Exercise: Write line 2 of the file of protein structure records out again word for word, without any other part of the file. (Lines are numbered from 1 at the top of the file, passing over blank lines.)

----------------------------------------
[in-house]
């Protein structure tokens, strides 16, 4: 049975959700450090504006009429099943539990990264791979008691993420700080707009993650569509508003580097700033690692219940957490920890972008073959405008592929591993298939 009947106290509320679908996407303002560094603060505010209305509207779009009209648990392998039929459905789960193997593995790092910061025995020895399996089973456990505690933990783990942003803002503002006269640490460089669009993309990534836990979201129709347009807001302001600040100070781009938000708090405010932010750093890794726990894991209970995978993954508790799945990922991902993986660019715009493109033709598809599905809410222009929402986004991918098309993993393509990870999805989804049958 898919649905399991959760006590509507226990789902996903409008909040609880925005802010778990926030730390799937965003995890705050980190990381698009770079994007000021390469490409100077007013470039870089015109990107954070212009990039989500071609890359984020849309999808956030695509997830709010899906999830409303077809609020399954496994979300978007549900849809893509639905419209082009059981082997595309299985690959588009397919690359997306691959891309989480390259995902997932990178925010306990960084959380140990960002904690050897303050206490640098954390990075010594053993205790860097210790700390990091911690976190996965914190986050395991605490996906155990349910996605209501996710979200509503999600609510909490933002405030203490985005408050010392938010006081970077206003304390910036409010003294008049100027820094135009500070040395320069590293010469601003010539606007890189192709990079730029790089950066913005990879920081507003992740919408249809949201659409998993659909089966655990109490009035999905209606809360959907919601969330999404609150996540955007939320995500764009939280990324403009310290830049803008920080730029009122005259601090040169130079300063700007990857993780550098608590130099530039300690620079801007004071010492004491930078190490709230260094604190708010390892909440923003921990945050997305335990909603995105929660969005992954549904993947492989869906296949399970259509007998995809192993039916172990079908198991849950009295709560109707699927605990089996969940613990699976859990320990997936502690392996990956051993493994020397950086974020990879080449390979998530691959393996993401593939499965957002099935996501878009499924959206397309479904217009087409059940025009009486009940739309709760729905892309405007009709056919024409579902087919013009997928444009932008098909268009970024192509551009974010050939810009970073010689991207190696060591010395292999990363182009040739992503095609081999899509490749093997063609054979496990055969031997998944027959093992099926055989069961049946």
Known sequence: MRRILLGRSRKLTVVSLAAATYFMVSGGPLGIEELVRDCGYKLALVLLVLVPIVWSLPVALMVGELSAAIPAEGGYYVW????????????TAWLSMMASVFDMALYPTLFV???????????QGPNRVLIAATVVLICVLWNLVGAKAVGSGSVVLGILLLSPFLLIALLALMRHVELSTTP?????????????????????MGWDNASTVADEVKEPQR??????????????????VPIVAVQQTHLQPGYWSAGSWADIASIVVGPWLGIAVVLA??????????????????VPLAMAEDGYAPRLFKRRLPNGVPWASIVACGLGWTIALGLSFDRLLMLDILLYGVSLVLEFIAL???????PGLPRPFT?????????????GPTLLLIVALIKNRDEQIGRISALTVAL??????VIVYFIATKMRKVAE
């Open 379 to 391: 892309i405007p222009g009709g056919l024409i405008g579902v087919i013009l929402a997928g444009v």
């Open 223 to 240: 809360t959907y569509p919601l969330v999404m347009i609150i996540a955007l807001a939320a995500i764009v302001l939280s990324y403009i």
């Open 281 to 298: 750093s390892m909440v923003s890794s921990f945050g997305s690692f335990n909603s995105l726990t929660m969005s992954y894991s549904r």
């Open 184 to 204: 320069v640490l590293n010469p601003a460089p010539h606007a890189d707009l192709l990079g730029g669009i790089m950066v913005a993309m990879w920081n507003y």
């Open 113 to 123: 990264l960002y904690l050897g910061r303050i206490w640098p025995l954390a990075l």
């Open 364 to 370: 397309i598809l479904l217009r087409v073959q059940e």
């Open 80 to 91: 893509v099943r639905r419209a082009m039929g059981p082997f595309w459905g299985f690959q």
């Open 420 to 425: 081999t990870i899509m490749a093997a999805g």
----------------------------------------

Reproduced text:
């Protein structure tokens, strides 16, 4: 049975959700450090504006009429099943539990990264791979008691993420700080707009993650569509508003580097700033690692219940957490920890972008073959405008592929591993298939 009947106290509320679908996407303002560094603060505010209305509207779009009209648990392998039929459905789960193997593995790092910061025995020895399996089973456990505690933990783990942003803002503002006269640490460089669009993309990534836990979201129709347009807001302001600040100070781009938000708090405010932010750093890794726990894991209970995978993954508790799945990922991902993986660019715009493109033709598809599905809410222009929402986004991918098309993993393509990870999805989804049958 898919649905399991959760006590509507226990789902996903409008909040609880925005802010778990926030730390799937965003995890705050980190990381698009770079994007000021390469490409100077007013470039870089015109990107954070212009990039989500071609890359984020849309999808956030695509997830709010899906999830409303077809609020399954496994979300978007549900849809893509639905419209082009059981082997595309299985690959588009397919690359997306691959891309989480390259995902997932990178925010306990960084959380140990960002904690050897303050206490640098954390990075010594053993205790860097210790700390990091911690976190996965914190986050395991605490996906155990349910996605209501996710979200509503999600609510909490933002405030203490985005408050010392938010006081970077206003304390910036409010003294008049100027820094135009500070040395320069590293010469601003010539606007890189192709990079730029790089950066913005990879920081507003992740919408249809949201659409998993659909089966655990109490009035999905209606809360959907919601969330999404609150996540955007939320995500764009939280990324403009310290830049803008920080730029009122005259601090040169130079300063700007990857993780550098608590130099530039300690620079801007004071010492004491930078190490709230260094604190708010390892909440923003921990945050997305335990909603995105929660969005992954549904993947492989869906296949399970259509007998995809192993039916172990079908198991849950009295709560109707699927605990089996969940613990699976859990320990997936502690392996990956051993493994020397950086974020990879080449390979998530691959393996993401593939499965957002099935996501878009499924959206397309479904217009087409059940025009009486009940739309709760729905892309405007009709056919024409579902087919013009997928444009932008098909268009970024192509551009974010050939810009970073010689991207190696060591010395292999990363182009040739992503095609081999899509490749093997063609054979496990055969031997998944027959093992099926055989069961049946």